Advice/tools/theory for cluster scheduling?
October 12, 2017 5:59 PM   Subscribe

We use a computing cluster (running SLURM). Recently the cluster has been hitting capacity, leaving people unable to run even small jobs. I am looking for guidance about how to set fair usage limits, both practically and in theory (optimal allocation of resources given the randomness in needs, etc.) I am not the administrator, just trying to learn about the topic.
posted by molla to Computers & Internet (2 answers total)
 
I'm neither a SLURM person (first I've heard of it) nor HPC, but I do wrangle computers in return for rent money. The things I would ask as a follow-up to your question are for more details on the nature of the contention: is the cluster always running at 100%, full out, round the clock, so nobody can get a toe in because high priority jobs always have dibs? This is a different issue than if, say, it's slammed at peak times like the start of the month or midterms with too many jobs trying to run serially (one after another) so even tiny jobs wait weeks.

It looks like SLURM has a couple of options for optimizing the scheduling of jobs, from backfilling (tucking low priority/short jobs into the windows between higher priority jobs) or gang scheduling (which looks like a leapfrogging-suspension sort of deal where it kicks off job A on resources X, lets it run a while, then suspends A and kicks off B on resources X, lets that run a while, then suspends B and resumes A, etc etc until the first job completes -- so no job is completely blocked out even on a contentious cluster, it has a chance to make at least some slow progress rather than no progress). So there may be things that can be done even without setting quotas on resource usage (like User U can only use 25% of the cluster at any given time even if it's sitting idle otherwise), but you'll have to find the administrators to talk about what they have already set up before you can figure out a strategy.

Probably the best thing to do is start out with looking at the statistics for current usage. % jobs that get immediate service, % jobs with wait times 1-x mins, % jobs with wait times x-expiry minutes, % jobs that expire without being serviced; top reasons for delay or expiry; average % resource utilization by jobs of categories Needed Immediately, Needed Soon, Needed Whenever; peak and trough job submission times and how that relates to when the job is actually scheduled, relative usage of different resources (cpu time, memory, etc). If you can back up "the cluster is busy" with "20% of our jobs never run to completion because the usage patterns show people bulk load up their jobs Tuesday mornings, but the jobs expire from the run queue and we become 50% idle on Saturday through the rest of the weekend" or "20% of jobs that are not completed need 10G of memory or less, because they are blocked by long-running jobs that need 64G+" or something similar, you'll be much more likely to be able to find ways to optimize. If you can tie value to those statistics (like, say, 5 failed jobs this quarter limited our ability to generate data to support grant proposals worth $XX) it will make it easier to make a case to spend money to add capacity. If you really do have to set resource limits, those stats will tell you what people are actually using now and therefore which changes may have an effect. And you once you start grabbing those stats, set up monitoring for them so you can watch for patterns and make sure your changes are having the desired outcome. Open XDMoD looks like a decent starting point.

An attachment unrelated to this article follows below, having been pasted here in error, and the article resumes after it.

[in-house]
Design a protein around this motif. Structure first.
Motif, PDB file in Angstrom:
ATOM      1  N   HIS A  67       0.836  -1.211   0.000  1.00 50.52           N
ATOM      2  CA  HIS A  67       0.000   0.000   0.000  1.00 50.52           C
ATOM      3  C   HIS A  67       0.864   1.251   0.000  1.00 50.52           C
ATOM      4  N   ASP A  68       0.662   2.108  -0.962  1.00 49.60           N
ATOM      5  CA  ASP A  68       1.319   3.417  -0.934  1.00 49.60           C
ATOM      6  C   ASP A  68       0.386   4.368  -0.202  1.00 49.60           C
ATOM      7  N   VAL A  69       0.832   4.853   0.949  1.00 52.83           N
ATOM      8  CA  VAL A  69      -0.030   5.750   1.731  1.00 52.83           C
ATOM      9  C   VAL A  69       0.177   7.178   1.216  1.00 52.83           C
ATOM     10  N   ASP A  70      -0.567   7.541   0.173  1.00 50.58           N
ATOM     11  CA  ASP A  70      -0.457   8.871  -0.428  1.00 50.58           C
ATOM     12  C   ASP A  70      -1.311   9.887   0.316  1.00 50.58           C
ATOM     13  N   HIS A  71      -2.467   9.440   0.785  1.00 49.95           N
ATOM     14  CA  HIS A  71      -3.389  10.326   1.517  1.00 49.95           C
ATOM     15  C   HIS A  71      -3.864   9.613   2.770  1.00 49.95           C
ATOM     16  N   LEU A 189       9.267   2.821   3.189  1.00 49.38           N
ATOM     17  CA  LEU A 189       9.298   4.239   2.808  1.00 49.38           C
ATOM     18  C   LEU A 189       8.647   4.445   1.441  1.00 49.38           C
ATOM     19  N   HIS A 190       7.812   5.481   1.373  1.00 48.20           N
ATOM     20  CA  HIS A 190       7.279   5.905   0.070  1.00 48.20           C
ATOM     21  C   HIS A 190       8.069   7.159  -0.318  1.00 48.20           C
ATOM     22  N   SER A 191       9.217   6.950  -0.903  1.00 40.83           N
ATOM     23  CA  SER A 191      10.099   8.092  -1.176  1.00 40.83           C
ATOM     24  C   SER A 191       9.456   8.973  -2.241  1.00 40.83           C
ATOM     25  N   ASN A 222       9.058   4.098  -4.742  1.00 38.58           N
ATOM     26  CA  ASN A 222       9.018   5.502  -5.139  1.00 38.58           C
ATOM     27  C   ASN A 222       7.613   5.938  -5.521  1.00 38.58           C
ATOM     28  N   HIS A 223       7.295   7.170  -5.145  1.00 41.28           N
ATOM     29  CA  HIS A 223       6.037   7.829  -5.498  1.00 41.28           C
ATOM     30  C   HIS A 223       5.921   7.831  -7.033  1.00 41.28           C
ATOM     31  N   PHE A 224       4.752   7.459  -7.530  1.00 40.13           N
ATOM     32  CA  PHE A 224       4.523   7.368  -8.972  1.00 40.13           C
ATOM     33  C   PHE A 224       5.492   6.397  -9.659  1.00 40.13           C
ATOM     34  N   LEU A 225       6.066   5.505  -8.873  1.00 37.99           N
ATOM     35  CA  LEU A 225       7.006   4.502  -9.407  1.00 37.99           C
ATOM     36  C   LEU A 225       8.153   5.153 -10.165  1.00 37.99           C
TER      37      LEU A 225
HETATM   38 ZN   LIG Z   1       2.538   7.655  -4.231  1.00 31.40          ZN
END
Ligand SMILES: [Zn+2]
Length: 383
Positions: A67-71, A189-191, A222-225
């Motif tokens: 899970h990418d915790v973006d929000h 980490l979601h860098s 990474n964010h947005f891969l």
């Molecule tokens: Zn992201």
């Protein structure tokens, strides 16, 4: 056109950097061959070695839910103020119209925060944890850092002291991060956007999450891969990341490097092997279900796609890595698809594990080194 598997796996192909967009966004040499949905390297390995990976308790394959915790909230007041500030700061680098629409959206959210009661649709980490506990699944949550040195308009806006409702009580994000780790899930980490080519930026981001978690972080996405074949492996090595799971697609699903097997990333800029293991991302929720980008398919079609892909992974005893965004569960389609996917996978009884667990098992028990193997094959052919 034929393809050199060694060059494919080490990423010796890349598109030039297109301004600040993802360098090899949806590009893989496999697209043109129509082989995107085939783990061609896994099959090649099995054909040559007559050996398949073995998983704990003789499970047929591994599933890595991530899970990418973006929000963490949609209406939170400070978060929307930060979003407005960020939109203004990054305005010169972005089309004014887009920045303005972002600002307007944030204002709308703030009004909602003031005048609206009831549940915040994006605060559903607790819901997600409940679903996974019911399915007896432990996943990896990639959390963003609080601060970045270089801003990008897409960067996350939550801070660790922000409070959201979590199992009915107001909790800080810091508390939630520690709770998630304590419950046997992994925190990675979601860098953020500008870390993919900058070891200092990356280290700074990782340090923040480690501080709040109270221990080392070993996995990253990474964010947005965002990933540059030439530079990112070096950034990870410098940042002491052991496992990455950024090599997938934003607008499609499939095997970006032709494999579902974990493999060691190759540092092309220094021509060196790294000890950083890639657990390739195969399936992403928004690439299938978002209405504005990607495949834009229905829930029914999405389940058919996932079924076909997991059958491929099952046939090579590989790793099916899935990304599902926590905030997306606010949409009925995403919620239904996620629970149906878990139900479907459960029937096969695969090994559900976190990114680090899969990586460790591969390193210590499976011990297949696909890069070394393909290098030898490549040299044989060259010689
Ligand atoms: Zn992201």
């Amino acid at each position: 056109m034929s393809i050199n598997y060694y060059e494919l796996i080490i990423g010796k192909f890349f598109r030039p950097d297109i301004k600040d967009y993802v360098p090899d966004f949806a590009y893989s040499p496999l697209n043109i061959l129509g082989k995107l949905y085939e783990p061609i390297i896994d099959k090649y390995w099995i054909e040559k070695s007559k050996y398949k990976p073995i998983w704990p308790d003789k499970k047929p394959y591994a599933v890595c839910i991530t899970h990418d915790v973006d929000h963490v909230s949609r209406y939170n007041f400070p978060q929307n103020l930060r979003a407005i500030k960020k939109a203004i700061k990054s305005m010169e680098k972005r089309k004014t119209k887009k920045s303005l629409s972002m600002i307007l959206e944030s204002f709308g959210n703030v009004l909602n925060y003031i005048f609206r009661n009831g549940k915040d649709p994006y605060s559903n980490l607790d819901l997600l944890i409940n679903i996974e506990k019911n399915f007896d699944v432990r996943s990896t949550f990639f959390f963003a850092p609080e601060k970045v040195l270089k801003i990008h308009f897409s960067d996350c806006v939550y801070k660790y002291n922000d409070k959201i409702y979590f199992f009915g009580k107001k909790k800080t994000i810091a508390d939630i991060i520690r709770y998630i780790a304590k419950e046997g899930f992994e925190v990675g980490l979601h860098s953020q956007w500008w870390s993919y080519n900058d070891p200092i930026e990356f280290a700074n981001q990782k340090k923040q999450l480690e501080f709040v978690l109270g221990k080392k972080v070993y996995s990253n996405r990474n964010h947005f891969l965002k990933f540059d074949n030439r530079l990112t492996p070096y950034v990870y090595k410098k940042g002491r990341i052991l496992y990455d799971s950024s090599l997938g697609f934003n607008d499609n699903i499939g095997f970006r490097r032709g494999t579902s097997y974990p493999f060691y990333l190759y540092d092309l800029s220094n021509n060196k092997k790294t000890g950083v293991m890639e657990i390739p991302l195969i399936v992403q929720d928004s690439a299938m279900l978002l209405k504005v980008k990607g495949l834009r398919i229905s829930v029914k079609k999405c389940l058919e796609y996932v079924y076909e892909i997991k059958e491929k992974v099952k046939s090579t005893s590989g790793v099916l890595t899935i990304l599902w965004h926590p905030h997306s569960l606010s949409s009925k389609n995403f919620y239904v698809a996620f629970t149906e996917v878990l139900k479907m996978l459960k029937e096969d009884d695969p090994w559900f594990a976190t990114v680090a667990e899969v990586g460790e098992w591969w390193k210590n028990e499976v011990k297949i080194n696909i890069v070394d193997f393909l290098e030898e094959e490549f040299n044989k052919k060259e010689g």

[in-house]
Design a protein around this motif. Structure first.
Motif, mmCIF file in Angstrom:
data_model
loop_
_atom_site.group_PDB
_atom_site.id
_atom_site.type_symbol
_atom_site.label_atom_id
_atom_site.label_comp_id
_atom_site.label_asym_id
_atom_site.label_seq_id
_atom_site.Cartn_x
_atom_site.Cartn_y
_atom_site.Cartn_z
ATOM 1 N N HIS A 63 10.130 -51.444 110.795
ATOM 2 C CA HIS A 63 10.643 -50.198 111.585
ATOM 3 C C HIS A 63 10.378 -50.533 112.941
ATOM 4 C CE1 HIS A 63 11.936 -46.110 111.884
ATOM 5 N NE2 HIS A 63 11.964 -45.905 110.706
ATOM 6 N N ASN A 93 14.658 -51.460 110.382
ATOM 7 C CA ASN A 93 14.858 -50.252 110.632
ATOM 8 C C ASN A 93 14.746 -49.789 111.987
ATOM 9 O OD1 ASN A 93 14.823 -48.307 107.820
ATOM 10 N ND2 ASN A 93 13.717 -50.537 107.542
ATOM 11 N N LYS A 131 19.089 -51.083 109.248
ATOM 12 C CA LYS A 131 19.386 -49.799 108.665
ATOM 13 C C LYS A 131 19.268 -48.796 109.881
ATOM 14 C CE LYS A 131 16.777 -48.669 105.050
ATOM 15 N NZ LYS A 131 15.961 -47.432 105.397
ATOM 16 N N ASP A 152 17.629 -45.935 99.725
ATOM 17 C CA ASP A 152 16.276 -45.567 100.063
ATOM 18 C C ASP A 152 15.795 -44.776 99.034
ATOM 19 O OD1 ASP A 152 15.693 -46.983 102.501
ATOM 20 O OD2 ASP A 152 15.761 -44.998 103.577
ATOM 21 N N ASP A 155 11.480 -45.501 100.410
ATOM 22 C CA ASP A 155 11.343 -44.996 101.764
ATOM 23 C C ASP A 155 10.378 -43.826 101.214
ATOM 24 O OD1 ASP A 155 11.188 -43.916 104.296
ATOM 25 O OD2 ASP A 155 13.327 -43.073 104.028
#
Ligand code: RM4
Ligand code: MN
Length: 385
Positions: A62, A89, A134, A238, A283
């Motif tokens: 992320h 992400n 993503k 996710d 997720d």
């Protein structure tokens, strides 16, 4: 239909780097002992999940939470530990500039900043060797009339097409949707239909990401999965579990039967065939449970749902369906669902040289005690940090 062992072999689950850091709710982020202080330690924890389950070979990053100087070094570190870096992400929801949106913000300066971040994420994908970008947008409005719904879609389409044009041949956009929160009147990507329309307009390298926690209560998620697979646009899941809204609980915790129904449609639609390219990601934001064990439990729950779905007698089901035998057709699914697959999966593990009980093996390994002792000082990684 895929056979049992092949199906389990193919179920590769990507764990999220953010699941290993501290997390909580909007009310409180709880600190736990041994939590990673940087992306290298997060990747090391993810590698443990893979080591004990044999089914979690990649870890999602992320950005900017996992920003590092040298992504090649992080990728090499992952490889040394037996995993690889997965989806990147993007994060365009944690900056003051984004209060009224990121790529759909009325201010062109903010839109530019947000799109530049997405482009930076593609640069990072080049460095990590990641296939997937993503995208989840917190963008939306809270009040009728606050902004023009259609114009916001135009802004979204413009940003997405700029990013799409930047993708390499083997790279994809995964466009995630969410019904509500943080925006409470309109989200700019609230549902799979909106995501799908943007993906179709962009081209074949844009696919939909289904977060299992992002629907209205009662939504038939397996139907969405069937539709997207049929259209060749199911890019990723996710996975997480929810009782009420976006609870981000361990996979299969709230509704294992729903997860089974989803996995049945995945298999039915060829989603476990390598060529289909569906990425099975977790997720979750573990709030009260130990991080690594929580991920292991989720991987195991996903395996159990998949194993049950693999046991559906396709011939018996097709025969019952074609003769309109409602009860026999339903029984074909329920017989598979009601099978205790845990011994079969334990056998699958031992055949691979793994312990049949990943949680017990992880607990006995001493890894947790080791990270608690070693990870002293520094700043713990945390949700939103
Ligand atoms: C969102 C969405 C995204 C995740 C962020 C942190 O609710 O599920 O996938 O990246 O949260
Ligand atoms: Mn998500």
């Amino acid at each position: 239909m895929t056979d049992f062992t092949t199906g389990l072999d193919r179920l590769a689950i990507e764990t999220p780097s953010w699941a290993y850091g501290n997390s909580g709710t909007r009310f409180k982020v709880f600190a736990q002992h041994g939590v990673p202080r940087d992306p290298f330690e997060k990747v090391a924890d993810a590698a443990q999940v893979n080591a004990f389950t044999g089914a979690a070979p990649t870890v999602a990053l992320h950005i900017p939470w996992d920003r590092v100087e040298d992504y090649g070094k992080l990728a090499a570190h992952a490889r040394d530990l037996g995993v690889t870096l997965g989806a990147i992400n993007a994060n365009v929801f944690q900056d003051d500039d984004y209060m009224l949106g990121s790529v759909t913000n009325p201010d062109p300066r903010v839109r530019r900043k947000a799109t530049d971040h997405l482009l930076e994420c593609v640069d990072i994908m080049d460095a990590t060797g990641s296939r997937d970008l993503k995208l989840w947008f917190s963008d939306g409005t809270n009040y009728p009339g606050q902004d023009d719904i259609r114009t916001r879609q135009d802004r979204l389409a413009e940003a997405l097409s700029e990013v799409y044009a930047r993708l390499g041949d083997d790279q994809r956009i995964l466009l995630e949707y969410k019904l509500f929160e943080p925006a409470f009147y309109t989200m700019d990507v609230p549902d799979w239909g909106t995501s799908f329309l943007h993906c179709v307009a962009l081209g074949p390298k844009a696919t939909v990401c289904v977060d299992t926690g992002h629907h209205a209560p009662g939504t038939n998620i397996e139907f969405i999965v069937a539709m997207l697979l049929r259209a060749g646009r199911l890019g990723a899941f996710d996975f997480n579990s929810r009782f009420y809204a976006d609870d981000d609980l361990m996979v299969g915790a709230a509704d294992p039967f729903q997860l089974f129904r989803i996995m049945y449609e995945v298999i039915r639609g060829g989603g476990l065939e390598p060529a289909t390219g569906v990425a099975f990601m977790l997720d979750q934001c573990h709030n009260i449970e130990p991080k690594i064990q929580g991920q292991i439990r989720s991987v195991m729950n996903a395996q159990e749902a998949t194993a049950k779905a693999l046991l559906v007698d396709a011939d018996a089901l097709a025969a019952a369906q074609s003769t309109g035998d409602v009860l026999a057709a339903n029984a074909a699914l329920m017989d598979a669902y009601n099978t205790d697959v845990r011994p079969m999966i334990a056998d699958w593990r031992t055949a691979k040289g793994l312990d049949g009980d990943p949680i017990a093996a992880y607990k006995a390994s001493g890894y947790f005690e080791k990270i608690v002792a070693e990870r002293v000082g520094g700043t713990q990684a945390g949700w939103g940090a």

Since you're not the administrator, you may be limited here to actions like stopping by the admins and asking where their dashboards are so you can get an idea of how to schedule things more optimally for yourself, and launching from there into a discussion of how to to improve your job success rate.

Incidentally, the order of things I'd try: first configuration and software optimizations, then beg for money to expand, then impose limits. If nothing else, people haaaate quotas, so for customer service purposes, it's good practice to say "we tracked these datapoints and tried X, Y, and Z to fix the contention, before we had to set up these limits, but we continue to monitor usage patterns to see if we can optimize further."
posted by sldownard at 3:45 AM on October 13


It sounds like you don't want a technical answer. That's good.

This sounds more a process and people problem than a technical problem (think a resource that everyone wants to use, some are being left out, everyone thinks their need is most important).

If the answer does not include "buy more resources", it becomes "how to share this, fairly", and that's the process/people problem.

Should everyone get equal opportunity for the resource ? What's considered a fair allocation of time ? Do we allow line jumping ? (if so, under what conditions ?) Should whoever gets it next be in some priority order ? (if so, how is priority determined ?) Are a small number of people/groups/jobs taking the majority of the time ?

These are questions a PM type person would pull together in a meeting, and you get process out of that. People running system would stick to the process. Complaints go to the PM -- ie someone says "hey, can you slip my job to the start of the queue?" you say img grumpy cat no.
posted by k5.user at 8:22 AM on October 13


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